This is actually a segment from Danish filmmaker Jørgen Leth’s 1982 film 66 Scenes from America, which the distributor, Doc Alliance films, describes as “reminiscent of a pile of postcards from a journey, which indeed is what the film is. It consists of a series of lengthy shots of a tableau nature, each appearing to be a more or less random cross section of American reality, but which in total invoke a highly emblematic picture of the USA. With the one travelling shot (through a car windscreen) and one pan (across a landscape) the tableau principle is only breached on two occasions; exceptions that prove the rule, so to speak.

The images or postcards may be viewed as a number of interlaced chains of motifs, varying from ultra close up to super wide, include pictures of landscapes, highways and advertising hoardings, buildings seen from without, mostly with a fluttering Stars and Stripes somewhere in the shot, objects such as coins on a counter, refrigerator with a number of typical food products, a plate of food at a diner or a bottle of Wild Turkey, and finally, people who introduce themselves (and sometimes the content of their lives in rough-hewn form) facing the camera: for example, the New York cabbie or the celebrities Kim Larsen and Andy Warhol.

The film actually consists of 75 shots but in some cases several shots combine in one scene, thus ending on sixty six. Each scene is delimited by the narrator; at the end of each shot he pins down the picture content, often by a simple indication of time or place, but in some cases more playfully, often shifting our perception in a surprising fashion. Similarly the sound close-ups in some scenes are intended to alter the viewer’s immediate interpretation of the picture content, while the mood-creating or interpretive use of Erik Satie’s Gnossiennes (No. 5) provides the final component of the film.” Simple, meditative cinema.

Click here, or on the image above, to view. Now, wasn’t that delicious?

Bedazzled – Drimble Wedge & The Vegetations

Tuesday, July 28th, 2015

Drimble Wedge and the Vegetations – from Stanley Donen’s classic film Bedazzled.

As Jaime J. Weinman wrote on his Something Old, Nothing New blog, “I’m glad that Bedazzled (the [1967] original, not the Brendan Fraser remake) finally got reissued. I notice from the booklet notes that Peter Cook expressed some reservations about Stanley Donen’s direction of the film, or at least the way he and Dudley Moore responded to his direction. As film neophytes working for an experienced director like Donen, they perhaps deferred too much to his judgment and didn’t give themselves all the freedom they needed to be at their funniest.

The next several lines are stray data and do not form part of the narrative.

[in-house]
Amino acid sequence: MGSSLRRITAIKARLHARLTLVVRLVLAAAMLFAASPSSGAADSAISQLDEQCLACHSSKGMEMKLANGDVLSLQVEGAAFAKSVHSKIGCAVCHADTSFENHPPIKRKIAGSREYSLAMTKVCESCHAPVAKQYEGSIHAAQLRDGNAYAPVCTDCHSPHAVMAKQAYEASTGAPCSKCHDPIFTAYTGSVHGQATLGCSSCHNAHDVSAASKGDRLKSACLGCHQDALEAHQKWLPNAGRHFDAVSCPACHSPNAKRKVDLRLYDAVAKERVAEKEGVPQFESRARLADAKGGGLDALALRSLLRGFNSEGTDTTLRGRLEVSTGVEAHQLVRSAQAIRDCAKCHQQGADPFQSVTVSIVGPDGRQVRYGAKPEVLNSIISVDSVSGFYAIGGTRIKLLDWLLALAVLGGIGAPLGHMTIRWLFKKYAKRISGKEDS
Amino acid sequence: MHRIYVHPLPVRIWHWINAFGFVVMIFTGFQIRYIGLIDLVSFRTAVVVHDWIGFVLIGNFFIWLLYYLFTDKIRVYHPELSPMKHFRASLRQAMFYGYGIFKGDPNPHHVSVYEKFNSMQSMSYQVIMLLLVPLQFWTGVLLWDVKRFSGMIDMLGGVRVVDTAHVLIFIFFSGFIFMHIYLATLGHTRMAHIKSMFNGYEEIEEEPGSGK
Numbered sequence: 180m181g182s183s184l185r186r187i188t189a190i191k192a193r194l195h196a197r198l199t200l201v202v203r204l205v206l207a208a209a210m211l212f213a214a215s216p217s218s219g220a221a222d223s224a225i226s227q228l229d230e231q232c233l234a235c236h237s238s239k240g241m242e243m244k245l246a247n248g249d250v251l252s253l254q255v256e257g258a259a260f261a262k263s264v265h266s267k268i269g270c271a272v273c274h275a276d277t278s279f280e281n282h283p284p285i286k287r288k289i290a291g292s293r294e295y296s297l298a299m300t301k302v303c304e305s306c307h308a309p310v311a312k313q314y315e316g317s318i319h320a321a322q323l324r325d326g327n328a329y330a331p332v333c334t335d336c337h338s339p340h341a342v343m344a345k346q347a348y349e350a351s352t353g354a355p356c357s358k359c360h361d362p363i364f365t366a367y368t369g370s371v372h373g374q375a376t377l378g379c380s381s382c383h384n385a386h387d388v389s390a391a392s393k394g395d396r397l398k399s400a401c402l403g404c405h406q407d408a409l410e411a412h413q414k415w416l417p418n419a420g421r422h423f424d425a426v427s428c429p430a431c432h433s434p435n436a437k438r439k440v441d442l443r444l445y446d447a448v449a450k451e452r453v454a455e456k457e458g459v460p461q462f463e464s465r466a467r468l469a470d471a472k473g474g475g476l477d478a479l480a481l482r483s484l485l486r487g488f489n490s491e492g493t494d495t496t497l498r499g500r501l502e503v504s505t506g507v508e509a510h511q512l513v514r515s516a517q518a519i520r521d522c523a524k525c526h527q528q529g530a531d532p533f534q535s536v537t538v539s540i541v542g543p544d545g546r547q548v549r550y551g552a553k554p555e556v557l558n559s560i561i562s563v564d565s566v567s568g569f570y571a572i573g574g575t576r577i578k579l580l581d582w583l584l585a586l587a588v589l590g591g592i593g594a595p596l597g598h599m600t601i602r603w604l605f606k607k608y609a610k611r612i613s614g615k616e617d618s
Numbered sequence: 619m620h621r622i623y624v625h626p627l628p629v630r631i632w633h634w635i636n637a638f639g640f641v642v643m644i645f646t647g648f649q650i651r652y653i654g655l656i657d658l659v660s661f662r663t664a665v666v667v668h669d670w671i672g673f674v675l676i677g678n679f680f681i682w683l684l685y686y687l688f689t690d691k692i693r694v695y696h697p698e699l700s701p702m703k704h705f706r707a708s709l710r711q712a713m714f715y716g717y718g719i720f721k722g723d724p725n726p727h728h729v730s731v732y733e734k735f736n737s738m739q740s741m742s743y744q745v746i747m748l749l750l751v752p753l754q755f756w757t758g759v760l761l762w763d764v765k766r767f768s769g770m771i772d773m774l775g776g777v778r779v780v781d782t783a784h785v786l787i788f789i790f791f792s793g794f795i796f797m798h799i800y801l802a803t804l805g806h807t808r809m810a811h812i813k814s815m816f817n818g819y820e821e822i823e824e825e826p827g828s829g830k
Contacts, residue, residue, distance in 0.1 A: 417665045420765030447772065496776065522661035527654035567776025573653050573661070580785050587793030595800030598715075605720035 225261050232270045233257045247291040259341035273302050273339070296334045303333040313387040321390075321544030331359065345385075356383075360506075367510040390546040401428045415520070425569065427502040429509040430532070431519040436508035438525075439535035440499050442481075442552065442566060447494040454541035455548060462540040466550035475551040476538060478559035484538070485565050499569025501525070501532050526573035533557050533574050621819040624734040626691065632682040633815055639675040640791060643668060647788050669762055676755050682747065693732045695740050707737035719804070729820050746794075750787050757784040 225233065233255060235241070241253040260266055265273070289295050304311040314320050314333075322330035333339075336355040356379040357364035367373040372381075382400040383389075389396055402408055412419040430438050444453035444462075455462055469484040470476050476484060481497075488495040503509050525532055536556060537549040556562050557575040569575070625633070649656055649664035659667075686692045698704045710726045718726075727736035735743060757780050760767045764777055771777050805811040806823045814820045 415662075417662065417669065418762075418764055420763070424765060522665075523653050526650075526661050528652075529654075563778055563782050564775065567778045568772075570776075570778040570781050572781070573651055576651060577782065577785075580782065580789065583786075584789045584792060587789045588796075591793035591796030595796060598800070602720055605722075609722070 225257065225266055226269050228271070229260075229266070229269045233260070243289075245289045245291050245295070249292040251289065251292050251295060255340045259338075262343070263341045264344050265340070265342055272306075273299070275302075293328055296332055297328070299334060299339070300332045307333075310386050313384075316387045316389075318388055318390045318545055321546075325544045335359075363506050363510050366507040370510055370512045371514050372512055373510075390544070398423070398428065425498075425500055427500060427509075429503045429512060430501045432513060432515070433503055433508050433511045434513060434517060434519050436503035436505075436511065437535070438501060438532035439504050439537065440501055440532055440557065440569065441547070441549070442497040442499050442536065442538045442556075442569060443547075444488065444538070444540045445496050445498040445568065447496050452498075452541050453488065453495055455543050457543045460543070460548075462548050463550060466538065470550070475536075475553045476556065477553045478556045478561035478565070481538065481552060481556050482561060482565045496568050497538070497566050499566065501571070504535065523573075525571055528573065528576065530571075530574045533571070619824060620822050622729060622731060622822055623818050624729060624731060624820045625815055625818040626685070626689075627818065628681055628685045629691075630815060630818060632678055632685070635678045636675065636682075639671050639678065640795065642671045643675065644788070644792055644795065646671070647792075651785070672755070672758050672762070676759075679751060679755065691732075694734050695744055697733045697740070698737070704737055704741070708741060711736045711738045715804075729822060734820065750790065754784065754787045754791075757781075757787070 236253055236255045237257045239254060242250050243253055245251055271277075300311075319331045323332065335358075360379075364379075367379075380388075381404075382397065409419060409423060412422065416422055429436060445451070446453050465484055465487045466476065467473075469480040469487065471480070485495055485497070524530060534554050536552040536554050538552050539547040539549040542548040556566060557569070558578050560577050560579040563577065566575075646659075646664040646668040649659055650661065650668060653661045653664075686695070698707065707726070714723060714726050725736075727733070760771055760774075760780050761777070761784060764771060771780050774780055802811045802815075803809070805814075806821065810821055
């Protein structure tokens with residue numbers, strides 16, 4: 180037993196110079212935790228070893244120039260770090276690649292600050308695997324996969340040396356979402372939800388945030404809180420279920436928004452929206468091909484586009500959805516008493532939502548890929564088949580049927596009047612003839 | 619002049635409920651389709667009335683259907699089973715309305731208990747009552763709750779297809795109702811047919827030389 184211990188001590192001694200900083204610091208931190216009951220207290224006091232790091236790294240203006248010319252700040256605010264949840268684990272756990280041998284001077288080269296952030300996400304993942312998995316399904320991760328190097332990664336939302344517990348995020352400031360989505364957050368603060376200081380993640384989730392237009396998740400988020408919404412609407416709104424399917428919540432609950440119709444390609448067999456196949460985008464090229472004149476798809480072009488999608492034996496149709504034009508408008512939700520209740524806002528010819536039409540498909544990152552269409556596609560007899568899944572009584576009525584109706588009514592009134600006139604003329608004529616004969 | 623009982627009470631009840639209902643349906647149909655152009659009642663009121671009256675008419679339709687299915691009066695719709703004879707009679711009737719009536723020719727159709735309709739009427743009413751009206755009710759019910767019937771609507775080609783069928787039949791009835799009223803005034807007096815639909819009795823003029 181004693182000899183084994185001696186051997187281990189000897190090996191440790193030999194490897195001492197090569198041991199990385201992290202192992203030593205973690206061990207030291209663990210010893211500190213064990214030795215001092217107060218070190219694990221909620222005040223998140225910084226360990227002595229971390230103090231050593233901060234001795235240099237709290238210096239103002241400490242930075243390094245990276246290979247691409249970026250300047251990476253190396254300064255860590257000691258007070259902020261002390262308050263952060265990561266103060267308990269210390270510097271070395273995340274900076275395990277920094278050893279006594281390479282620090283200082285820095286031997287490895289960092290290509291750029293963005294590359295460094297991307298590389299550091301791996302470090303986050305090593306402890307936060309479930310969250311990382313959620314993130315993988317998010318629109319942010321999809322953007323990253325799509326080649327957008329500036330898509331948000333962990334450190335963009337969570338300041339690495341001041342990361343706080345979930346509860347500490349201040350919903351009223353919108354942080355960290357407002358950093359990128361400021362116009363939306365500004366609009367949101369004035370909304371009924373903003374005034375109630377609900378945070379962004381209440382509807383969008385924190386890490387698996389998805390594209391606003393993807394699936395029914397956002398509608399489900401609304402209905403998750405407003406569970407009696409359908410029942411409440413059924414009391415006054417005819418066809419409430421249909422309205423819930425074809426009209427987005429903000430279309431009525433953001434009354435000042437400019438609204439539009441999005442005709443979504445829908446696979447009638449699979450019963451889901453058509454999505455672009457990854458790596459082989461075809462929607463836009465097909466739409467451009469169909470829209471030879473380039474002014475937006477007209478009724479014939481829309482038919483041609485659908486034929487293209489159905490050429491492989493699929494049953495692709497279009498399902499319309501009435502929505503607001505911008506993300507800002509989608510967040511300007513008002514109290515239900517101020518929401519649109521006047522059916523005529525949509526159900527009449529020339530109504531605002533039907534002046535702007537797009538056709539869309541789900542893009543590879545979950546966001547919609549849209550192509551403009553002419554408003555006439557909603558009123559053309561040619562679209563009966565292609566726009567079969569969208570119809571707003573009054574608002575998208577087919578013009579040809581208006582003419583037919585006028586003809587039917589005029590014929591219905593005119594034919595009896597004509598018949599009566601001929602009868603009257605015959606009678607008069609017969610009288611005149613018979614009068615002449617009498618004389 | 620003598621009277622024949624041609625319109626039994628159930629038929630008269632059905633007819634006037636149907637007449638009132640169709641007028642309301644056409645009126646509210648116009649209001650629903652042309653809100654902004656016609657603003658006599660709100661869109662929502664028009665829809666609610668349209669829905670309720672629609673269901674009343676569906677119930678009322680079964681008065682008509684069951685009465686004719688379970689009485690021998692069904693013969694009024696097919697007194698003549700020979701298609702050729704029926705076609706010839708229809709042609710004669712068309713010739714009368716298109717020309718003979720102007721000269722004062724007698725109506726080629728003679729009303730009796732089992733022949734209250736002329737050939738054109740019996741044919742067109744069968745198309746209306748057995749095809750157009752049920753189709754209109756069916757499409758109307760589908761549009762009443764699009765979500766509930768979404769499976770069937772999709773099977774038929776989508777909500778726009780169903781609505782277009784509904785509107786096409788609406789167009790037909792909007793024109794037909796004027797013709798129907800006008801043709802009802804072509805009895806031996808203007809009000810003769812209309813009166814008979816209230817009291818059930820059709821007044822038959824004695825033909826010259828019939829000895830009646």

Also, by this time Donen — who had been living in Europe for years and had just made the innovative, fragmented Two For the Road — was filling all his movies with crazy camera angles and trendy ‘cinematic’ effects. Which works fine for something like Two For the Road, but not so much for a straight-up comedy-thriller (compare Donen’s incomprehensible Arabesque to the much more normal Charade, which he made only three years earlier) or a satirical comedy like Bedazzled . . .

But Cook and Moore are so funny that even a tilted camera angle can’t stop them. And despite my carping about Donen, he does bring a certain warmth to the film and to the relationship between Cook’s devil and Moore’s sad-sack Faust. And there are a number of scenes where he tones down the with-it technical flourishes and lets Cook and Moore have more leeway; and still other scenes where his attempt to be groovy sits well with the material.

Like this scene where Moore wishes to be a pop star so girls will love him — only to find that his fame is eclipsed within minutes by Cook’s rival act (‘Drimble Wedge and the Vegetations’). Moore’s music — the same melody arranged into two different styles of song — is a dead-on parody of late ’60s pop styles, and Donen matches it with a spoof of in-concert films and broadcasts.”

I think he’s entirely too hard on the film itself, which is a brilliant piece of satire, but he’s dead right about Cook’s satiric pop song. Here are the minimalist lyrics, aproproatelyspoken in an entirely flat, disinterested monotone:

“I don’t care.
So you said.
I don’t want you.
I don’t need you.
I don’t love you.
Leave me alone.
I’m self-contained.
Just go away.
I’m fickle.
I’m cold.
I’m shallow.
You fill me with inertia.
Don’t get excited.
Save your breath.
Cool it.
I’m not interested.
It’s too much effort.
Don’t you ever leave off?
I’m not available.”

Click here, or on the image above, to see this truly groundbreaking “anti-pop” song.

The AP Video Archive is Now on YouTube

Wednesday, July 22nd, 2015

The Associated Press puts up 17,000 hours of news film and videotape on YouTube – click here to see!

As Todd Spangler reported in Variety on July 22, 2015, “The Associated Press is uploading more than 550,000 video clips to YouTube — covering news events dating back to 1895 — which the news org said will be the largest collection of archival news content on the Google-owned platform to date.

AP, together with newsreel archive provider British Movietone, will deliver more than 1 million minutes of digitized film footage to YouTube. The goal: to provide high-profile, searchable repositories that let documentary filmmakers, historians and others find news footage, and to promote licensing deals for rights to use the video.